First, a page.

16 thoughts on “Nagoya Day 4 Highlights

  1. Watching it from an NHK feed without english commentary early this morning, it looked like Endo may have gotten a handful of chonmage and backed off thinking he was going to be disqualified.

    At least I’m hoping for that and not an injury–he certainly seemed to just stop fighting completely.

  2. I can’t see Hakuho’s behavior as endearing. That man treats his rivals with disrespect, and since he is so much stronger than they are, it’s rather disappointing. A man’s character is seen by how he treats his inferiors. Has anybody ever seen Chionofuji in his day delivering neko-damashi, giving a rival a little extra push off the dohyo after that rival has already lost, or taunting a rival like that? Arienai. Hakuho is being a douchebag, and I find it worrying that this is the man young rikishi will be trying to imitate for generations to come.

    Yesterday Harumafuji pushed his rival out of the ring – then laid a hand on him momentarily to prevent him from falling off. That man – I respect.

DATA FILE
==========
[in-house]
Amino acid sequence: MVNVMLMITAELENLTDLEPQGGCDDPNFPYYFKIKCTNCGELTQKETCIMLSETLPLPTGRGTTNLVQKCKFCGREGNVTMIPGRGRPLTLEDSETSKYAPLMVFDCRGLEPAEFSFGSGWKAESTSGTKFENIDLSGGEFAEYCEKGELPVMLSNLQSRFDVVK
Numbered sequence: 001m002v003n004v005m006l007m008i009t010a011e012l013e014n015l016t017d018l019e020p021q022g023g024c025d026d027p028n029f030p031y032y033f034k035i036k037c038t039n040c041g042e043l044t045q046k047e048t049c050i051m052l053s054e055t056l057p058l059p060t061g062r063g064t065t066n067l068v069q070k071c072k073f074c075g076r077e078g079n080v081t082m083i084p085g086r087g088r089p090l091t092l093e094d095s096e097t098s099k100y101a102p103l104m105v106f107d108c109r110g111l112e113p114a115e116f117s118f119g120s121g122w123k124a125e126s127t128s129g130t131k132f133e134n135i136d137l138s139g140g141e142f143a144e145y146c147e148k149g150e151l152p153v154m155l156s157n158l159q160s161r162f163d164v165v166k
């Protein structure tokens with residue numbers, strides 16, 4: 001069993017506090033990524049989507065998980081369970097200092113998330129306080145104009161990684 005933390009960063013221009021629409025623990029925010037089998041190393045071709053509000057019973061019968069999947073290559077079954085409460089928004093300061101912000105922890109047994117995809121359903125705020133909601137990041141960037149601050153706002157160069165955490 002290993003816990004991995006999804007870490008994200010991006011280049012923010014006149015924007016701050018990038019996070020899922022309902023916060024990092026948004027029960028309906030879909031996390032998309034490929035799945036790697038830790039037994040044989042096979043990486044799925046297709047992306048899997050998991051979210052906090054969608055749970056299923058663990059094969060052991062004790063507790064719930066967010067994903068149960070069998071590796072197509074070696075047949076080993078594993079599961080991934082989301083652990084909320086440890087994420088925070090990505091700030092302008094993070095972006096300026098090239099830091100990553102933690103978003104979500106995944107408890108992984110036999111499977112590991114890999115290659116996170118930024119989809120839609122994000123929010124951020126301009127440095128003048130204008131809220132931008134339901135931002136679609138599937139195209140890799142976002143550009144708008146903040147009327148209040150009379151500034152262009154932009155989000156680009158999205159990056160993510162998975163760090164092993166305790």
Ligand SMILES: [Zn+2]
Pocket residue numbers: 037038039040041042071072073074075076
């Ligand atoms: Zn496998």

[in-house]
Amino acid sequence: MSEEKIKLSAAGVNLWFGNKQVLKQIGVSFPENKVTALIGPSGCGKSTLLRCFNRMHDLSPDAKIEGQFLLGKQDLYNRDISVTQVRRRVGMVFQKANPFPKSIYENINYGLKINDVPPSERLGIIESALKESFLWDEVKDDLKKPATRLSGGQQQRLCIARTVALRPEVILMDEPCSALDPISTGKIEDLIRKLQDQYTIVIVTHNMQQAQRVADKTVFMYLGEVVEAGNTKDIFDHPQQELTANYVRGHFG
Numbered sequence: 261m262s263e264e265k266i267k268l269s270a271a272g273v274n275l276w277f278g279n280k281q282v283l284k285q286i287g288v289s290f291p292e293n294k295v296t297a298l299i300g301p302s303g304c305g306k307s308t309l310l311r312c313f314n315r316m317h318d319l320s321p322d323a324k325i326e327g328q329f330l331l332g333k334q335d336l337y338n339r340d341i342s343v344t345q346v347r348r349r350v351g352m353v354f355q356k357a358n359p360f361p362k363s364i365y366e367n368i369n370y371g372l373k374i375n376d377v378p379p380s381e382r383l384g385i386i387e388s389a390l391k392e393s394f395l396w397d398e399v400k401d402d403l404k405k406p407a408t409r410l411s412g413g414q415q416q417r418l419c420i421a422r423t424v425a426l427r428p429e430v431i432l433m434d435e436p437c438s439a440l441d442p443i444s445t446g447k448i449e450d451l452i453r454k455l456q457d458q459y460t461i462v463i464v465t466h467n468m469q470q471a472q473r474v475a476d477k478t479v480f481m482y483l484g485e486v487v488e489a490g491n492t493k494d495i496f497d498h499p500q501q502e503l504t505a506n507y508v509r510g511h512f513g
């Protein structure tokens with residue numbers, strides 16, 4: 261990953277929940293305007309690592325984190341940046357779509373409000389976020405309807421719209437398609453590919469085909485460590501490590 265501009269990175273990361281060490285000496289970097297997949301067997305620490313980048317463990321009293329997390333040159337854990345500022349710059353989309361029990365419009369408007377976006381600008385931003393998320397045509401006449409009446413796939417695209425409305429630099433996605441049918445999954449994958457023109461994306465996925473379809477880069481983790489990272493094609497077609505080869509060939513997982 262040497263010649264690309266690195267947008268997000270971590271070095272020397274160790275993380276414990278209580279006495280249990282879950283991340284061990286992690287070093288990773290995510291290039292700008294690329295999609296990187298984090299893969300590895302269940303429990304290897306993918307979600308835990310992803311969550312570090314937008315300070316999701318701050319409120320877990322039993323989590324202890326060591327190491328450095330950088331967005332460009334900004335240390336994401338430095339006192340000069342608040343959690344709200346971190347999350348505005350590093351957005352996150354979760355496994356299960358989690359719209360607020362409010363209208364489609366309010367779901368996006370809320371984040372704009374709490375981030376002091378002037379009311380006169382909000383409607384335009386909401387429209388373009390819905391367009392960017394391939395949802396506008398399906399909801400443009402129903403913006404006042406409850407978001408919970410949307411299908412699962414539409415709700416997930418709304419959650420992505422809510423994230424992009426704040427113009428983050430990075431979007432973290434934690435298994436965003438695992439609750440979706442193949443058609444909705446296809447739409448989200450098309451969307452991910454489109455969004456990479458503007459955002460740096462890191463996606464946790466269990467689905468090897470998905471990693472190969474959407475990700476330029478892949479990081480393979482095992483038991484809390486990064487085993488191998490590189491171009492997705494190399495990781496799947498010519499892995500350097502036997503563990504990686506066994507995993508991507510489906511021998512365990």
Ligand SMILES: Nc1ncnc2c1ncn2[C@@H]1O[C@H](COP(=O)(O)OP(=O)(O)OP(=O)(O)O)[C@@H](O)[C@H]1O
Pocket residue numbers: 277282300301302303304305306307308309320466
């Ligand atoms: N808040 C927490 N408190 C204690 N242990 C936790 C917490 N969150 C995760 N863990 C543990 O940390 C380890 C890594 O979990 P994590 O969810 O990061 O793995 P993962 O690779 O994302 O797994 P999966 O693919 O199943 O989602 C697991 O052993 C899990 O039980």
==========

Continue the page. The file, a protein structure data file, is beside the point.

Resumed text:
• I can see you side of it. But to me it looks like the match started as a serious bout, but it was clear that Hakuho was not going to open up on him right away. He has stated in the past that these young up-and-comers interest him greatly, and he is very keen to see what they are all about.

      So Takakeisho charges him repeatedly, but immediately backs off when Hakuho lands multiple blows on him. At the start, Hakuho is not trying to win, he is simply trying to prevent Takakeisho from doing anything effective. Takakeisho shortly realizes this, and decides he is not going to continue.

      Hakuho pauses, and invites him to “take the chest”. I may have found it endearing because I have personally been in an analog of what I just described during my time in the US Marines. Both when getting it and giving it, the act was one of training, and was meant to ensure that the next generation of Marines would turn out the right way.

      I have huge respect for Takakeisho, and if you have read this site you know I think in a few years he is going to be a big deal in sumo. But truth be told, he is not quite ready to challenge Hakuho yet – they both knew that. Given that reality, do you blast a promising young rikishi off the dohyo, possibly injuring him and jeopardizing what is likely a bright career, just to prove the point? Or do you give him a taste of just how powerful and effective Yokozuna class sumo should be, but in a safe way that ensures neither of you will get hurt?